The e-bio fuel cell generates electricity through the solid oxide fuel-cell (SOFC)-powered system. It uses bio-ethanol, produced from crops including sugarcane and corn, and generates hydrogen inside the car that is transformed from fuel via a reformer and atmospheric oxygen. This produces electricity to power the vehicle.
Nissan is target a cruising range of about 497 miles per fuelling, compared to the range for gasoline-powered vehicles of about 373 miles, Reuters reports.
According to Automotive News Nissan aims to bring the technology to market in fleet vehicles by around 2020. While the lack of a hydrogen fueling infrastructure has proven a big challenge to deploying traditional hydrogen fuel cell vehicles, an ethanol refueling infrastructure already exists, the publication adds.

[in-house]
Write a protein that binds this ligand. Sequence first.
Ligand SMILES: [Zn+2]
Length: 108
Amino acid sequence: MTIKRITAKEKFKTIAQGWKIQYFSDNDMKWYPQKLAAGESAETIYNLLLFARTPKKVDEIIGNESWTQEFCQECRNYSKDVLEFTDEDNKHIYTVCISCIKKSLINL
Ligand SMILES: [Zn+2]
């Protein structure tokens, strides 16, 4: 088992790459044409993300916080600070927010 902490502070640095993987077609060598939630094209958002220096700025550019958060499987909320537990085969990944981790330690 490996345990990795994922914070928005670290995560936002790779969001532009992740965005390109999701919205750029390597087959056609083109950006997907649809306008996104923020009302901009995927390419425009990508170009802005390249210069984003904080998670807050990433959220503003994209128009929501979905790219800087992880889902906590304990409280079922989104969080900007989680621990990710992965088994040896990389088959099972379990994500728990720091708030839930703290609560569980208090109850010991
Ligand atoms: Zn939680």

To address the hydrogen infrastructure issue Nissan, along with Toyota and Honda, are working to develop hydrogen station infrastructure in Japan. Toyota and Nissan are also members of the US Energy Department’s public-private partnership focused on advancing hydrogen infrastructure for fuel cell vehicles.
In regards to its ethanol fuel cell technology, Nissan says other benefits to business include low running costs, similar to those of an electric vehicle, as well as a short refueling time and ample power supply that can support a range of services such as refrigerated delivery. Plus, ethanol is safer than hydrogen.
Nissan also says the ethanol fuel cell has a “carbon neutral cycle” because it’s produced from renewable crops. But as engadget points out “Bio-ethanol requires a lot of farmland, and it’s a stretch to claim that the plants would completely offset the carbon emissions involved in making this a reality.”
Toyota last year launched its Mirai fuel cell sedan — the first mass market fuel-cell car — and plans to expand production to to 2,000 units this year and 3,000 units in 2017.
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